16th March 2022

David Jones races the Sahara in aid of Gurkha veterans

In just over a week, David Jones will run in the Marathon des Sables – one of the toughest footraces in the world.  Set in the Sahara Desert, the challenge spans six days and 156 miles across sand dunes, salt plains, and rocky jebels. David will be running in sweltering heat, carrying all his food, water, and other essentials on his back.

David decided not only to take on this incredibly tough challenge, but also – inspired by his time spent serving in the Queen’s Gurkha Engineers (QGE) – will use his adventure to raise funds for The Gurkha Welfare Trust.

David training with others in his Gurkha regiment.

As a young officer in the British Army, David was selected to serve with the QGE. During his five years with the regiment as a Troop Commander and Adjutant, he developed a respect and admiration for the soldiers, the people and the country. He was fortunate to be able to spend time in Nepal, learning the language while designing gravity water systems for several villages high in the Himalayan mountains.

“Working with Gurkha soldiers was a great privilege and an honour. It is a time of my life that I remember with great fondness. I remember shortly after joining the Regiment I was sent to Nepal on a trek. Living in the villages was really eye-opening, but also inspirational for me,” David said. “Nepal was beautiful, but you could also feel the daily challenges and the hardship that affected the people.

“As military engineers, when we went on treks we would design gravity feed water systems. The first thing you had to do was to walk to the ‘local’ source of water that the village used so you could measure the quantity it produced and start surveying. Sometimes these fresh water springs could be a two hour walk away. Just try to imagine that – walking two hours there and two hours back just to collect water for your basic needs every single day. In the UK we open a tap and it’s there.

“One thing that struck me during my time in Nepal was the generosity and kindness of the Nepali people. They often have very little, but they’re always very willing to share and to give.”

Years later while attending a reunion, David reconnected with Martin Gillott, a colleague who served as a Troop Commander while David was an Adjutant.

When Martin sadly passed away shortly after the reunion, a number of his friends, family members and former army colleagues cycled from Land’s End to John O’Groats to fundraise for the GWT and help build a school in Martin’s honour. Inspired by their fundraising challenge, David decided that he would he use his Marathon des Sables challenge as a means to raise funds in aid of The Gurkha Welfare Trust.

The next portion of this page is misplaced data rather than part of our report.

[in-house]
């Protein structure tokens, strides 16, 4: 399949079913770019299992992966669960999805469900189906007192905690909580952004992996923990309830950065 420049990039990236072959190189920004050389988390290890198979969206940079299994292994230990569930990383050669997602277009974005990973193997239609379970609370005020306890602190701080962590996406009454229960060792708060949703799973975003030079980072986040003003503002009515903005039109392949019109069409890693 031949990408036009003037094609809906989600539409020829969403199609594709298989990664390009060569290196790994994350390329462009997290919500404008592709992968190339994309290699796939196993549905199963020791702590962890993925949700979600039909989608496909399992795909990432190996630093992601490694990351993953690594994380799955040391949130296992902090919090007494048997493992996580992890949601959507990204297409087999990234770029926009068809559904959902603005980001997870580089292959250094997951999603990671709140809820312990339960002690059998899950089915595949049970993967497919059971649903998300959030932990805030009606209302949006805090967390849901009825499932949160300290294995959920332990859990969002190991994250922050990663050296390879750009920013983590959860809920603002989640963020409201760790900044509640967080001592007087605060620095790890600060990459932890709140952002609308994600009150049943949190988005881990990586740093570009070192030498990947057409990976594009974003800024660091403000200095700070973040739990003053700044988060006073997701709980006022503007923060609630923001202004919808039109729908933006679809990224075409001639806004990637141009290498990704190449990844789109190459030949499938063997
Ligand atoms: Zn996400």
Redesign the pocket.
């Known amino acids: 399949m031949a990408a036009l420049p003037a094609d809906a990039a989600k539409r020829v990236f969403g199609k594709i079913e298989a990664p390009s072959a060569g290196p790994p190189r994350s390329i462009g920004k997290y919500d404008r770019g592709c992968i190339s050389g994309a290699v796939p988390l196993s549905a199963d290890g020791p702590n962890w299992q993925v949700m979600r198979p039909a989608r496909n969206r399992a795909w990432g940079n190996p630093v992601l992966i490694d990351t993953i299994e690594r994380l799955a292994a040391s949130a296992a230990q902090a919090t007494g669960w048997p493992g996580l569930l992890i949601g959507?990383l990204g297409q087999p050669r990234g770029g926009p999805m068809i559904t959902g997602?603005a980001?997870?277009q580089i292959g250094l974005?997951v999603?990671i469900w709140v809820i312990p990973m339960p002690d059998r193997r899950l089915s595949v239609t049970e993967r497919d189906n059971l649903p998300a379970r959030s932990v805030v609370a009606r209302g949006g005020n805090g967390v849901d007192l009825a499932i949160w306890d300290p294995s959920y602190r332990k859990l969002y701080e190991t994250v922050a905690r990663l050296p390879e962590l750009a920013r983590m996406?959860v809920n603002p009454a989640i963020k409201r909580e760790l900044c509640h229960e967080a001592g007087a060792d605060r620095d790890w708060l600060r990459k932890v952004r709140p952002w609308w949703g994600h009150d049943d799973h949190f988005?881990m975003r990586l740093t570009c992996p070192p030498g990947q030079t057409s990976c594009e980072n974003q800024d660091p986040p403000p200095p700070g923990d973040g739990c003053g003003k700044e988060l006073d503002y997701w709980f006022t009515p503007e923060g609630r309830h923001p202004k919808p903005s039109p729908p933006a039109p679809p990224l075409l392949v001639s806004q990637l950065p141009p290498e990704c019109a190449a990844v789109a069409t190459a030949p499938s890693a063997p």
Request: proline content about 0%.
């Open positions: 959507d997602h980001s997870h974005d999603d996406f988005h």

David and others in his regiment at a Queen’s Gurkha Engineers Birthday Celebration

“The Marathon des Sables is going to be the biggest challenge mentally and physically that I’ve ever undertaken,” David said. “But, when you look at how Gurkha soldiers, families and communities have to live their lives, especially in Nepal, they’re being challenged on a daily basis. I couldn’t think of a better cause to support by doing something that is going to challenge me in the way the Marathon des Sables is going to.

“I’ll be 60 years of age when I take this challenge and one of the oldest people taking on the race so I’m under no illusions how hard this is going to be. At this stage in life my aim is to complete rather than compete,” David said.

“You’ve got to carry all your food, equipment and sleeping bag – everything you need to survive for a week. Water is rationed and handed out at check points along the route. It is arduous but I’m hopeful that my military training will help. In the field we had a routine, a system every morning and evening that helped you stay healthy, fed and safe. Looking after feet and hygiene, and getting enough calories during the day will be crucial. I’m hoping the things I learned in the army and a military mentality will help make the difference.

“It’s my personal challenge, but if it raises awareness, if it does some good, raises some money and helps Gurkhas, their families and communities, then to me this will all be worth it.”

David plans to take plenty of photos during the Marathon des Sables and you will be able to keep up with his progress on his Facebook page and Instagram. If you would like to make a donation to support his efforts, please go to his JustGiving page.

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